In the service of his characters, Pawlikowski has chosen filmmaking techniques that are highly unusual. The film is shot in stark black and white, using an old-fashioned aspect ratio that often reduces characters to a small speck in the bottom corner of the screen. Moreover, from scene to scene his camera shows virtually no movement. So what we’re seeing, as we cross rural Poland,  is fixed pictures, in which the characters are merely blips inside their all-encompassing environment. Many years ago, Roger Corman instructed me to read Siegfried Kracauer’s Theory of Film. It’s a long, rather ponderous book, but it makes the point that the magic of cinema is all in its visuals. This film illustrates Kracauer’s belief system in a way that’s not ponderous at all, but rather powerfully dramatic.

Not only is Ida visually static, but it’s at times almost silent. Dialogue is next to nil: by contrast, it’s fair to say that most Hollywood films -- dependent as they are on bright verbal exchanges -- seem downright obstreperous. Often, watching this film, we know what’s happening through what is not said. It’s a method that draws the viewer into the film, making us pay close attention to nuance, to facial expression, to glimpses that we may or may not have seen. Bravissimo.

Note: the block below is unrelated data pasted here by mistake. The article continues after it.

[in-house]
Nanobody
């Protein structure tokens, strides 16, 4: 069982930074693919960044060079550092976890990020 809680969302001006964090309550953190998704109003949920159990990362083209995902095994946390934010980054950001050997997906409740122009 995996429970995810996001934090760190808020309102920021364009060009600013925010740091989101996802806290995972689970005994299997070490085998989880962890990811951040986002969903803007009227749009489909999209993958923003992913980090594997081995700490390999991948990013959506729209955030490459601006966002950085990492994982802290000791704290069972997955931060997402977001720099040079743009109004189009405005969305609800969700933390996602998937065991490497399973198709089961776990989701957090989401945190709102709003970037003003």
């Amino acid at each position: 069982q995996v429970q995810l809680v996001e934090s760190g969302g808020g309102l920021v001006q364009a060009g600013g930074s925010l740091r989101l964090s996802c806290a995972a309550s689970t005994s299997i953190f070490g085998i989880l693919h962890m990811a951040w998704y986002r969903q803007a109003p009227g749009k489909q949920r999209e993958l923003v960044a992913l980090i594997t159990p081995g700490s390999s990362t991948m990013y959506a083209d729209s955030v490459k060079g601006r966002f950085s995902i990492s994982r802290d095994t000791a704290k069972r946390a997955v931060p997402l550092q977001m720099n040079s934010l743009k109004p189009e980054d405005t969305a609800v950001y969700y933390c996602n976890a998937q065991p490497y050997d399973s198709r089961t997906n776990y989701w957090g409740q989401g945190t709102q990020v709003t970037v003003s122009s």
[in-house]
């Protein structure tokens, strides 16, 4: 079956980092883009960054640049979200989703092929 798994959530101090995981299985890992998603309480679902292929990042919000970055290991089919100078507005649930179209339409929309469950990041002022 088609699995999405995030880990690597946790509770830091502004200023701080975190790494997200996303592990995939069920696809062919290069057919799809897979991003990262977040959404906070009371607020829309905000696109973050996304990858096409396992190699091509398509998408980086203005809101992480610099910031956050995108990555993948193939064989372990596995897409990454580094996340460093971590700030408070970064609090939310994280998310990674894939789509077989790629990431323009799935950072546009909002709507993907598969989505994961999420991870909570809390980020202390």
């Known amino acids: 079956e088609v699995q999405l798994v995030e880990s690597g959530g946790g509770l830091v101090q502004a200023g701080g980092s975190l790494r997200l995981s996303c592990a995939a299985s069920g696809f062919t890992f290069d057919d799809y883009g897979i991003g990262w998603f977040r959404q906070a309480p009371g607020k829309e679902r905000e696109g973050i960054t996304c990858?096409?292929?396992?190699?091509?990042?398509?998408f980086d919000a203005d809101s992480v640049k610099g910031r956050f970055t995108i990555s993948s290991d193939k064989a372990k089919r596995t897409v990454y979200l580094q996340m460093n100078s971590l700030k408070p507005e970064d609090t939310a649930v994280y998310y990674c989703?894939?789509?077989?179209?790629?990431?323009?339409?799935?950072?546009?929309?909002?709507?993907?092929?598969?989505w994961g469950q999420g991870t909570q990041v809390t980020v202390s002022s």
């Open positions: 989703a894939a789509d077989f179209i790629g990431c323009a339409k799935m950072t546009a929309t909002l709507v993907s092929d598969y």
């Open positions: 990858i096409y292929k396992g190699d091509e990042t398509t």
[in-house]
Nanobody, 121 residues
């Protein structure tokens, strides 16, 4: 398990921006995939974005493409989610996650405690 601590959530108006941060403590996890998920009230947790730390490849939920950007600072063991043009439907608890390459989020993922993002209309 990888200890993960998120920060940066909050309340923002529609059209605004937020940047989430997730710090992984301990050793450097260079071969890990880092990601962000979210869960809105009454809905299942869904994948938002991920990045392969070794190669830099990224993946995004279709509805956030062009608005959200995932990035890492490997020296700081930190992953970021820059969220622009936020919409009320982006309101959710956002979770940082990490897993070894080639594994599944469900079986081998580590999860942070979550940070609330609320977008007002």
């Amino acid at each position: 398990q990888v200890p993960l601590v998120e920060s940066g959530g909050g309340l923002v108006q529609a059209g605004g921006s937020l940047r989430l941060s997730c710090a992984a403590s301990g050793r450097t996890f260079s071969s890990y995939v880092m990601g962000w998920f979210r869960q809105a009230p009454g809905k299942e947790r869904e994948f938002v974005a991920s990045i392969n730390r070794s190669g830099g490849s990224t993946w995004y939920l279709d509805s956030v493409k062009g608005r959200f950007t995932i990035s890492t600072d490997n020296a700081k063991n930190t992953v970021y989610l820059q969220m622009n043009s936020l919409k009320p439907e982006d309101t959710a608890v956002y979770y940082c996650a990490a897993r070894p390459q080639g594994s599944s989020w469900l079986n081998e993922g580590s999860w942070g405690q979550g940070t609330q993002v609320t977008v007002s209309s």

Here's a link to a very smart New York Times review of Ida

Tuesday, July 24, 2018

A Heart (and Stomach) of Gold

L.A. is in mourning. Jonathan Gold, Pulitzer Prize-winning food critic for the Los Angeles Times (and the first food writer ever to receive this honor), has just passed away. Not long ago, he was diagnosed with pancreatic cancer. It’s a cruel disease, painful and unstoppable. Gold heard the bad news a mere three weeks ago. Now, at the age of 56, he is gone.

Not many critics inspire movies. When they appear as characters, they are usually snobs and snots, though sometimes they’re redeemed by the final fadeout. I’m thinking particularly of the stuffy food critic, Anton Ego, voiced to a fare-thee-well by Peter O’Toole, in Pixar’s animated Ratatouille. Ego’s over-educated palate leads him to sniff at haute cuisine that is less than perfection. But one of the film’s key twists comes when Ego is served a simple eggplant dish that reminds him of his mother’s long-ago kitchen. Suddenly he’s a boy again, savoring the flavors of home.